CHARLESTON, W.Va. - Bryan Pierce hasn't become accustomed to the West Virginia weather, but the eGolf Professional Tour player could grow to like it.
The 24-year-old native of San Luis Obispo, Calif., shot a 4-under 67 for the low round of a rain-delayed U.S. Open local qualifier on a damp, 6,810-yard, par 71 Edgewood Country Club course.
His next step is a spot in the sectional qualifier in Memphis, Tenn., or Columbus, Ohio, where a spot in the U.S. Open on June 13-16 will be at stake. He'll be joined by Drew Ernst of Seneca, S.C., a former Coastal Carolina player and the 2010 South Carolina Amateur champion, as well as Lawrence Largent of Kingswood, Tenn.
Pierce, whose travels have brought him from California, to Kingston, Wash. and finally to Charlotte, N.C., found a benefit from the start of the 18-hole qualifier being delayed an hour.
"My neck stiffened up, so if we didn't have the one-hour delay today, I wouldn't have played," said Pierce, who has played in four U.S. Open local qualifiers and reached one sectional. "It tightened up and it's not really something you can swing through."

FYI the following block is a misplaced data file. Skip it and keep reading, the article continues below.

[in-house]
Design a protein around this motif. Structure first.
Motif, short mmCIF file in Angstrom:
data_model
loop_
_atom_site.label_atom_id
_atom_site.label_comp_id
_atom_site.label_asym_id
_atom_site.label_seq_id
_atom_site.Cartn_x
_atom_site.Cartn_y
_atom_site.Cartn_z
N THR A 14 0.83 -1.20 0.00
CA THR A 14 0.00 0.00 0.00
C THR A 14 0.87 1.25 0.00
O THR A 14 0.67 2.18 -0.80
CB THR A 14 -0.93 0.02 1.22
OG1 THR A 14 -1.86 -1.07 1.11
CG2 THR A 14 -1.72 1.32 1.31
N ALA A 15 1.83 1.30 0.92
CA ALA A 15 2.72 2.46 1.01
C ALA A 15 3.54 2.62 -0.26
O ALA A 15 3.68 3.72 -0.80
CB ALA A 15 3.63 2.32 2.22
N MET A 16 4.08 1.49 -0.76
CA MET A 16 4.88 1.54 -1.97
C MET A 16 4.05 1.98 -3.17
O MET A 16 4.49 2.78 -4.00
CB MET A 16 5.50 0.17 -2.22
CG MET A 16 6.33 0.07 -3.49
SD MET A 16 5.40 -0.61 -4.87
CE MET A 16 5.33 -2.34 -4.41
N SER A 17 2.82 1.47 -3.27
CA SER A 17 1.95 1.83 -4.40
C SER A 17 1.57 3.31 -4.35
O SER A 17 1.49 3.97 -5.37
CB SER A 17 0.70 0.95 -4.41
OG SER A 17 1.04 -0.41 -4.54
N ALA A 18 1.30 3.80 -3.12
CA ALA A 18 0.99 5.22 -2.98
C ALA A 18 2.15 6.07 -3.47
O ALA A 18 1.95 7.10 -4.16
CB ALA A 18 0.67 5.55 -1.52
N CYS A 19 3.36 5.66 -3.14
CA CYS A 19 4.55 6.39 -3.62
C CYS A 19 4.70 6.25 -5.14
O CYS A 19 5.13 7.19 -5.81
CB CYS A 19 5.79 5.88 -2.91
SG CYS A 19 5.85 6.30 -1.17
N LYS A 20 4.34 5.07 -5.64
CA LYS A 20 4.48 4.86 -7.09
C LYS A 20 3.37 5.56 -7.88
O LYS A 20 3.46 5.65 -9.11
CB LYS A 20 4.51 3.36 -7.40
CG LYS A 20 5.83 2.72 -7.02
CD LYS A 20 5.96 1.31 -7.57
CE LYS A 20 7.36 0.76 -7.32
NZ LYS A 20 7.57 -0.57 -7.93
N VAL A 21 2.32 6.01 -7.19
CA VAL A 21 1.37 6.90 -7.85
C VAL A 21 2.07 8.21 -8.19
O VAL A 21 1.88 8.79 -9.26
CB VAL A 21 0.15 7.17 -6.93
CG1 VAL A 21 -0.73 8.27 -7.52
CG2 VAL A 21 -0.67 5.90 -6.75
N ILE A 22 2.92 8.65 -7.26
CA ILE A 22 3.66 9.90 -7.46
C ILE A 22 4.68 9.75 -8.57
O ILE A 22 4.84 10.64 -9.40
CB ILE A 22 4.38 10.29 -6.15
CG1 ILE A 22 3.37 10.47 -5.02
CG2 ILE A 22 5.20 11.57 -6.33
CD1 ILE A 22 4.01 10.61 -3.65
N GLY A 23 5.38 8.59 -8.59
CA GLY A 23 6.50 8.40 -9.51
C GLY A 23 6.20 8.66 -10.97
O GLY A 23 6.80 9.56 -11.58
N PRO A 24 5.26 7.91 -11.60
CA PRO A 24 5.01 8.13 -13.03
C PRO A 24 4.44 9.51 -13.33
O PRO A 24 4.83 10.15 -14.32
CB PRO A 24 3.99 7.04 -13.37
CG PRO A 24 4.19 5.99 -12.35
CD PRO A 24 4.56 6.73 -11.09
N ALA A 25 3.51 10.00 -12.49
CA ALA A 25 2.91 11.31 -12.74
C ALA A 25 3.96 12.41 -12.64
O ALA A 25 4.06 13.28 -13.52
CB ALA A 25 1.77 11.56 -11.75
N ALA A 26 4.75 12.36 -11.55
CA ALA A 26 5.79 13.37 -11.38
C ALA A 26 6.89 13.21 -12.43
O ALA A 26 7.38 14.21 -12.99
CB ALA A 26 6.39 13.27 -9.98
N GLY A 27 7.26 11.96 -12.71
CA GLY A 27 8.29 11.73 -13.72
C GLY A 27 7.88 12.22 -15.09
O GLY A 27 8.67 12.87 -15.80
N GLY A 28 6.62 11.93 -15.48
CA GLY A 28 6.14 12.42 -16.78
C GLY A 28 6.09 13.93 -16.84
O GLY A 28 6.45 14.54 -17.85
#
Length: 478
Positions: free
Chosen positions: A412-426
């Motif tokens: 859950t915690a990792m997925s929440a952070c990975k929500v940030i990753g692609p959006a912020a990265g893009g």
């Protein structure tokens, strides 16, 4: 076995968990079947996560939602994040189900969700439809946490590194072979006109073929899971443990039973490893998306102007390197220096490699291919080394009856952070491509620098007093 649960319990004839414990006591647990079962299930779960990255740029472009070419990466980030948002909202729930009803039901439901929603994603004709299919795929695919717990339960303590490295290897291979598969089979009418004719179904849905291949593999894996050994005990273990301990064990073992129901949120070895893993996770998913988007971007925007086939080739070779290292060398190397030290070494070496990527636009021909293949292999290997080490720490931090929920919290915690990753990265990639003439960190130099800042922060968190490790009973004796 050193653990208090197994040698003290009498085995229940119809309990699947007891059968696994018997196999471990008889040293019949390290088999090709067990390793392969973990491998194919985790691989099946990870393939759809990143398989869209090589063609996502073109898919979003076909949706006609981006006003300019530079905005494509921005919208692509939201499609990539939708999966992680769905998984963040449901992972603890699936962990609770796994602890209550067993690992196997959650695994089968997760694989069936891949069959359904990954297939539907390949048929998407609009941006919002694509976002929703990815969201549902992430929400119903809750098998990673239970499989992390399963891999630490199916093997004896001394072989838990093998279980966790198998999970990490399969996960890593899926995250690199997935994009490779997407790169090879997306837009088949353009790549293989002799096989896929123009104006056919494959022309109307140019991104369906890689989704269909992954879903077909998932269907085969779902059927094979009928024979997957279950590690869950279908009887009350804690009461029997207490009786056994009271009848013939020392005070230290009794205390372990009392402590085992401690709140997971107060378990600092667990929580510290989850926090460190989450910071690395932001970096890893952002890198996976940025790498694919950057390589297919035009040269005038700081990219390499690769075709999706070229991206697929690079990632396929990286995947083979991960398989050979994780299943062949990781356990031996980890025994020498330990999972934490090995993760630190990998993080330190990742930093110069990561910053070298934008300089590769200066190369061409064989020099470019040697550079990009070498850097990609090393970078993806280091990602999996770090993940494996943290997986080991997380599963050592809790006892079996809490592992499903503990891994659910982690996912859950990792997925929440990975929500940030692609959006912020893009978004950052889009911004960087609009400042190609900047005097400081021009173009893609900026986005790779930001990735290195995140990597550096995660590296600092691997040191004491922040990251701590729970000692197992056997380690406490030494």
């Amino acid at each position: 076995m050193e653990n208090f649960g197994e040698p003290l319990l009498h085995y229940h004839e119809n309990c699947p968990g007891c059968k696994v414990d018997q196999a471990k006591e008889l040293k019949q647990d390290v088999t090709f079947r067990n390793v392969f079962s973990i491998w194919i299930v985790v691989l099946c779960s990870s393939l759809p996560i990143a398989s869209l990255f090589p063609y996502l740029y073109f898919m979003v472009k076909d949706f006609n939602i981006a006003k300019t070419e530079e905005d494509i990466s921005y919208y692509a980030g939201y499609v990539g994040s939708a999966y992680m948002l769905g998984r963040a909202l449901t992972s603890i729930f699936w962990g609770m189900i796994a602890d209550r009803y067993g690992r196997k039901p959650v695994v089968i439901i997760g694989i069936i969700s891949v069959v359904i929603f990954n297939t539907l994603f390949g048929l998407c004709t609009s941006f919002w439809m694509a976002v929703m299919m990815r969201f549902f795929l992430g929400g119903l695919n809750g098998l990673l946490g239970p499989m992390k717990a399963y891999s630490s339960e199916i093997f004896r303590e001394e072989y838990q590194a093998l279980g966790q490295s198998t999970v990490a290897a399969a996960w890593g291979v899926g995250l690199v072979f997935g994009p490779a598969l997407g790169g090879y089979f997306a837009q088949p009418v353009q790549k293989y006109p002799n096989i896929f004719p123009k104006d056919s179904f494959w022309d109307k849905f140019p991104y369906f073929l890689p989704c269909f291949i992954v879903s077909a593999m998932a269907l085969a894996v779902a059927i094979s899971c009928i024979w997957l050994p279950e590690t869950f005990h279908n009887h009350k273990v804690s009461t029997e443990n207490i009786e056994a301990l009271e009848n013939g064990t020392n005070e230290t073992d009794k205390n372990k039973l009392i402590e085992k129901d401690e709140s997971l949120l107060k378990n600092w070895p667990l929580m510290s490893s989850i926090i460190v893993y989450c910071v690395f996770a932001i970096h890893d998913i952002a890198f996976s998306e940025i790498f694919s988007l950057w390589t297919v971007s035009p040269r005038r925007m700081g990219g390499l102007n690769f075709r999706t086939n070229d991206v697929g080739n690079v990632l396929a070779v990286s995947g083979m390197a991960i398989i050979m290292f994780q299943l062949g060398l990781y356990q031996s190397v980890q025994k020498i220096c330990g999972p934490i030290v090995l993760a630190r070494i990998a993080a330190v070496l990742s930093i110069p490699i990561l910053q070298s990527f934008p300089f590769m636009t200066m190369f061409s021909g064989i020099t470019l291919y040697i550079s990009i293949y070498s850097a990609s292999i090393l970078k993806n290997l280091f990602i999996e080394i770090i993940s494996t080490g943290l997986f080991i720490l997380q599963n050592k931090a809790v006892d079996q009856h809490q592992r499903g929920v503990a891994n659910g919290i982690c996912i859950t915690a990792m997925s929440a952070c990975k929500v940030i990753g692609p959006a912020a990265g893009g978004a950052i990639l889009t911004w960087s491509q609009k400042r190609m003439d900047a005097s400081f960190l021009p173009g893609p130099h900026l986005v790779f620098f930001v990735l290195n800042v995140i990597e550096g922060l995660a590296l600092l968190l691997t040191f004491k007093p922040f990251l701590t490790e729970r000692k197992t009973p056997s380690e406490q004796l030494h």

Once his tee time came up at 9:50 a.m., Pierce started on No. 10 and was 2-under before his only bogey of the day on No. 15. Three birdies on the front nine brought him to 4-under.
He managed a birdie on No. 5, a dog-leg left that plays about 510 yards from the pro tees, but was moved to the more manageable champions tee between the practice round and the tournament, shortening it by at least 15 yards.
Jonathan Clark, the general manager at Sleepy Hollow Country Club, won the 2012 West Virginia Open at Edgewood by cutting the dog leg.
Pierce did the same during the practice round, but was more than happy to see the tee box change from Tuesday's practice round.
The eagle opportunity was there for the taking, but most players settled for, at best, a birdie, including Pierce.
"I hit a 3 wood just left of that fairway bunker and had about a buck 80 (180 yards)," he said. "They moved the tee up, which makes that a better hole. I hit it to 6 feet, but missed the eagle putt."
His performance on a relatively slow track at Edgewood would spurn Pierce to bigger and better things, but his trek from the West Coast was the start of what he hopes is a long and prosperous golf career.